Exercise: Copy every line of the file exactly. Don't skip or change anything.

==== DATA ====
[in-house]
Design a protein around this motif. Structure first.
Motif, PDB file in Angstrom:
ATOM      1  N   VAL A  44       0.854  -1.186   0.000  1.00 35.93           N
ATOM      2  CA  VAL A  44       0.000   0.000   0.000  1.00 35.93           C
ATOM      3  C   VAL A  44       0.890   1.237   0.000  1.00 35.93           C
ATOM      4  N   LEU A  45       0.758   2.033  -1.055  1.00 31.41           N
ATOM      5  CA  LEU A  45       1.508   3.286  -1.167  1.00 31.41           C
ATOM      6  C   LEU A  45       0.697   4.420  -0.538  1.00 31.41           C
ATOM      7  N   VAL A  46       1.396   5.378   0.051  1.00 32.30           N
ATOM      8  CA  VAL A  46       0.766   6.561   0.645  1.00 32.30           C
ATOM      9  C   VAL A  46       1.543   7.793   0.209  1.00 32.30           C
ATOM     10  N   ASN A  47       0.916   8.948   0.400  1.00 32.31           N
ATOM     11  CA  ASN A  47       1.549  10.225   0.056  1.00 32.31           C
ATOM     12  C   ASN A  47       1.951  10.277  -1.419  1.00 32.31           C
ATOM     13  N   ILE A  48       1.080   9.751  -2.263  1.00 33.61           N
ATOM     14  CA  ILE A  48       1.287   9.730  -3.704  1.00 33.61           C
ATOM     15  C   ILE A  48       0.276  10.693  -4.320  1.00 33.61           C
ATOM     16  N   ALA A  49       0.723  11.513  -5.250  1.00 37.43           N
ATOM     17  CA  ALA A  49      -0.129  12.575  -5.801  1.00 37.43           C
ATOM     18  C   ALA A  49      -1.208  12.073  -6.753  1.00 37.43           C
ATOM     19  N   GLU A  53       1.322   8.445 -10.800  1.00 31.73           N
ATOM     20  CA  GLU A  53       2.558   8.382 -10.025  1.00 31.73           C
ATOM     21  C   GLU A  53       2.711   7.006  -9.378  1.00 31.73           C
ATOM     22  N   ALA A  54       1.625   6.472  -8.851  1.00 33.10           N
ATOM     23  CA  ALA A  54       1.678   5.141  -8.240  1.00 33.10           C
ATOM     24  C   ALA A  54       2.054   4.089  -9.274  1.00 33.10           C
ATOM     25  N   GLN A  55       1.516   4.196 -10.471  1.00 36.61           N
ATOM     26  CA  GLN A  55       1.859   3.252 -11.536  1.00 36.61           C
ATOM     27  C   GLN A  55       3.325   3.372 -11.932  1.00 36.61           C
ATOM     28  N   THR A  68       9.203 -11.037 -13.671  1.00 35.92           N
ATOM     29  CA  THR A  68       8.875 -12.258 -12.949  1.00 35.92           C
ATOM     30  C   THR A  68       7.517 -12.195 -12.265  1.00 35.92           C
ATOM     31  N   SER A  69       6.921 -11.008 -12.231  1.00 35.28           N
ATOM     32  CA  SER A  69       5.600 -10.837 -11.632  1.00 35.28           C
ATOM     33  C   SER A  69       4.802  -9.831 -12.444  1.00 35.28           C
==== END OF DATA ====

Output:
[in-house]
Design a protein around this motif. Structure first.
Motif, PDB file in Angstrom:
ATOM      1  N   VAL A  44       0.854  -1.186   0.000  1.00 35.93           N
ATOM      2  CA  VAL A  44       0.000   0.000   0.000  1.00 35.93           C
ATOM      3  C   VAL A  44       0.890   1.237   0.000  1.00 35.93           C
ATOM      4  N   LEU A  45       0.758   2.033  -1.055  1.00 31.41           N
ATOM      5  CA  LEU A  45       1.508   3.286  -1.167  1.00 31.41           C
ATOM      6  C   LEU A  45       0.697   4.420  -0.538  1.00 31.41           C
ATOM      7  N   VAL A  46       1.396   5.378   0.051  1.00 32.30           N
ATOM      8  CA  VAL A  46       0.766   6.561   0.645  1.00 32.30           C
ATOM      9  C   VAL A  46       1.543   7.793   0.209  1.00 32.30           C
ATOM     10  N   ASN A  47       0.916   8.948   0.400  1.00 32.31           N
ATOM     11  CA  ASN A  47       1.549  10.225   0.056  1.00 32.31           C
ATOM     12  C   ASN A  47       1.951  10.277  -1.419  1.00 32.31           C
ATOM     13  N   ILE A  48       1.080   9.751  -2.263  1.00 33.61           N
ATOM     14  CA  ILE A  48       1.287   9.730  -3.704  1.00 33.61           C
ATOM     15  C   ILE A  48       0.276  10.693  -4.320  1.00 33.61           C
ATOM     16  N   ALA A  49       0.723  11.513  -5.250  1.00 37.43           N
ATOM     17  CA  ALA A  49      -0.129  12.575  -5.801  1.00 37.43           C
ATOM     18  C   ALA A  49      -1.208  12.073  -6.753  1.00 37.43           C
ATOM     19  N   GLU A  53       1.322   8.445 -10.800  1.00 31.73           N
ATOM     20  CA  GLU A  53       2.558   8.382 -10.025  1.00 31.73           C
ATOM     21  C   GLU A  53       2.711   7.006  -9.378  1.00 31.73           C
ATOM     22  N   ALA A  54       1.625   6.472  -8.851  1.00 33.10           N
ATOM     23  CA  ALA A  54       1.678   5.141  -8.240  1.00 33.10           C
ATOM     24  C   ALA A  54       2.054   4.089  -9.274  1.00 33.10           C
ATOM     25  N   GLN A  55       1.516   4.196 -10.471  1.00 36.61           N
ATOM     26  CA  GLN A  55       1.859   3.252 -11.536  1.00 36.61           C
ATOM     27  C   GLN A  55       3.325   3.372 -11.932  1.00 36.61           C
ATOM     28  N   THR A  68       9.203 -11.037 -13.671  1.00 35.92           N
ATOM     29  CA  THR A  68       8.875 -12.258 -12.949  1.00 35.92           C
ATOM     30  C   THR A  68       7.517 -12.195 -12.265  1.00 35.92           C
ATOM     31  N   SER A  69       6.921 -11.008 -12.231  1.00 35.28           N
ATOM     32  CA  SER A  69       5.600 -10.837 -11.632  1.00 35.28           C
ATOM     33  C   SER A  69       4.802  -9.831 -12.444  1.00 35.28           C